Research: Pockets of “Youthfulness” in an Aging Denomination


US Map with Membership Death Rates
The aging membership of mainline denominations has been a continuing concern for many years and for good reason.  But since denominations do not track the ages of all their members, it is impossible to make an accurate comparison between the age of a denomination’s membership and the age of the general population.  To gain some clarity about patterns of aging in the United Methodist Church within the United States, the Lewis Center has examined one key indicator — death rates.  At first, it may seem peculiar to focus on death rates. But while not an exact indicator of age, death rates do help show patterns that should correspond generally to age.  This is because 75 percent of deaths in recent years occurred among people aged 65 and older. 

Comparing the death rates of each United Methodist annual conference with the death rates for the geographic area served by that conference, one finds a mixed pattern of age trends across the denomination, including areas of relative “youthfulness” within a denomination that is generally aging. 

  • Three conferences report death rates that are 30 percent or more lower than the general population in their areas. These conferences are the Alaska Missionary, North Georgia, and Oklahoma Conferences. They represent 7 percent of 2007 membership in the United Methodist Church in the U.S. (UMC) and 6 percent of attendance.
  • Six conferences report death rates from 19 percent to 8 percent lower than their general population.  These conferences are the Central Texas, North Texas, Louisiana, Mississippi, Rio Grande, and Alabama-West Florida Conferences.  They represent 10 percent of 2007 UMC membership and 9 percent of attendance.
  • Five conferences report death rates that generally match those of their general populations.  In the Kentucky, Missouri, New York, Tennessee, and Texas Conferences, death rates fall within 5 percent of the state rates (from 5 percent below to 5 percent above).  These conferences represent 11 percent of 2007 UMC membership and 10 percent of attendance.
  • There are also fourteen conferences that appear to be older than the general population, but not by much.  These conferences report death rates at least 6 percent higher than their general population but no more than 19 percent higher.  The majority of the conferences in this category are in the Southeastern and Northeastern Jurisdictions. These conferences represent 31 percent of 2007 UMC membership and 30 percent of attendance.

These findings show there is no monolithic picture of an “aging church” across the entire United Methodist Church. Nevertheless, there are significant regions of the United States that confirm the general perception of a church that is much older than the surrounding population.  These are the thirty-four conferences reporting death rates 20 percent or higher than their general population.  These conferences represent 41 percent of 2007 U.S. membership of the UMC and 45 percent of attendance.  All the annual conferences in the Western and North Central Jurisdictions, with the exception of one conference in each jurisdiction, are found in this category.  However, such conferences are found in every Jurisdiction.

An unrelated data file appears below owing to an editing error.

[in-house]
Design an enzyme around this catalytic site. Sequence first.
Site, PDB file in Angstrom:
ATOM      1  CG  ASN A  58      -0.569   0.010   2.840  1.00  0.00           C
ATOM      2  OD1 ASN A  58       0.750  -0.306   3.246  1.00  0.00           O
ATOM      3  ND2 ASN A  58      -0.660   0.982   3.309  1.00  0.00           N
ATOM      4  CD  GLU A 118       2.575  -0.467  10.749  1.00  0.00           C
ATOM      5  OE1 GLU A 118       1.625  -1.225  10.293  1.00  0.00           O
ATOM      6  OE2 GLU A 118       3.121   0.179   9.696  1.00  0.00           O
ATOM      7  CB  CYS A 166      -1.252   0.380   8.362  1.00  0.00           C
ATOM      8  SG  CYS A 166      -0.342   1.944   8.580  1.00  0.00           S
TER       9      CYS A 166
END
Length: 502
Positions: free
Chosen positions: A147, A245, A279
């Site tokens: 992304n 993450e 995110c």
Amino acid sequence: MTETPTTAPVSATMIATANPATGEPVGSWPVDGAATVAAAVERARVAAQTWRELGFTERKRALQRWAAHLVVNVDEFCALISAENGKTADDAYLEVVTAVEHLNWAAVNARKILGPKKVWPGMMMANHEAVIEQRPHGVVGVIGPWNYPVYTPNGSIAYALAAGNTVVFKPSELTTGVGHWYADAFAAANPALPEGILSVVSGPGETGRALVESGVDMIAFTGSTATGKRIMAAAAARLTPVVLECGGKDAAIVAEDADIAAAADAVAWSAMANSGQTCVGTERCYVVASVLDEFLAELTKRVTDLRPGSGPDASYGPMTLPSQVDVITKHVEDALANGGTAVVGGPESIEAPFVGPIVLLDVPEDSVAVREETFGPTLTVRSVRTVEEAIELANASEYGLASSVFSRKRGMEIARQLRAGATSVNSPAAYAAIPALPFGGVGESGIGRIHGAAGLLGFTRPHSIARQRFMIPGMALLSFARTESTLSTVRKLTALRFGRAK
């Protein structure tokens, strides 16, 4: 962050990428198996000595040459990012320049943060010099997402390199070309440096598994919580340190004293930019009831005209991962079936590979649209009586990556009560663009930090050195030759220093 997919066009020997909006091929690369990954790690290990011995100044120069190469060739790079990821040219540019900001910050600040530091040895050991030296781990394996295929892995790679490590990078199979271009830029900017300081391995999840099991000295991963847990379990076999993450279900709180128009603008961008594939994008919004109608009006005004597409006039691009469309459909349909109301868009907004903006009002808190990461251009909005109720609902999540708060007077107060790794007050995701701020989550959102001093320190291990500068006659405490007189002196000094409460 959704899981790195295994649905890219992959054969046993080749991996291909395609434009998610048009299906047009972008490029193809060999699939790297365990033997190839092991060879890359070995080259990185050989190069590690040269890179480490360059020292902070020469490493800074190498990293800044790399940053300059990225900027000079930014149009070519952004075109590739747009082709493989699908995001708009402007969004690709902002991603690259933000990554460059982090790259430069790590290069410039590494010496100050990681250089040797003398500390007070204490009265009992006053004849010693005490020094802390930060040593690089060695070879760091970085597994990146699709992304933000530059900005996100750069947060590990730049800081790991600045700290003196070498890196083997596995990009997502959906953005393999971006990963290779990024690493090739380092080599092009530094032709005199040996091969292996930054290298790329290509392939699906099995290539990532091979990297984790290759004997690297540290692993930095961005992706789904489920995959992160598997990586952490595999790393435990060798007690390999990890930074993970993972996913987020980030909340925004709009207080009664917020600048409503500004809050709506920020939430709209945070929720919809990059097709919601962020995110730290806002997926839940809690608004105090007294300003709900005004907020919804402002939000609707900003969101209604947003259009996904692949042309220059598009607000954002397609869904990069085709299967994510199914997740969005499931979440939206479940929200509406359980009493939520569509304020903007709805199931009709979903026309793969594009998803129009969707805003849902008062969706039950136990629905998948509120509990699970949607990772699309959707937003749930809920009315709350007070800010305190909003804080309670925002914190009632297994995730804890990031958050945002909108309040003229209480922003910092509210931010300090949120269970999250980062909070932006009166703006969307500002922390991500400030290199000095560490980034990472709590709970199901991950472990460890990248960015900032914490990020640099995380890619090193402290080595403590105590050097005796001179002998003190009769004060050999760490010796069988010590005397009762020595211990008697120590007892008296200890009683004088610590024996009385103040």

These findings suggest that reaching people whose age is representative of the general population in one’s area is a goal that appears to be well within reach for many annual conferences.  Indeed, some conferences have already shown that it can be done. Moreover, these data suggest that it is possible to reach people at least close to the age of the general population in regions where many church indicators have not been particularly encouraging recently — or example, in part of the Northeastern Jurisdiction.  Finally, they suggest that it is possible to reach people a bit younger than the general population even where most churches are small if there is a balance within the area of larger, growing churches. 

To view the entire report, Pockets of “Youthfulness” in an Aging Denomination: Comparison of Membership and General Population Death Rates within United Methodist Annual Conferences, click here.

What are some things that annual conferences can do to seek and maintain a membership that is the same age as the general population or younger?

  • Reach new populations, which tend to be younger and more diverse than traditional United Methodist constituents. The younger population of the United States is considerably more diverse racially and ethnically than the older population.
  • Help existing congregations increase their worship attendance. The higher the worship attendance of a congregation, the more likely it is to reach younger populations.
  • Begin new congregations, which generally reach new populations and younger populations at a higher rate than existing churches.
  • Monitor what is happening to mid-size and large congregations as a percentage of annual conference churches. Most annual conferences are doing well at increasing the number of small membership churches, particularly as formerly large churches become small, but a healthy age balance is more likely when there are strong and stable cohorts of churches of all sizes.
Download a copy of the report.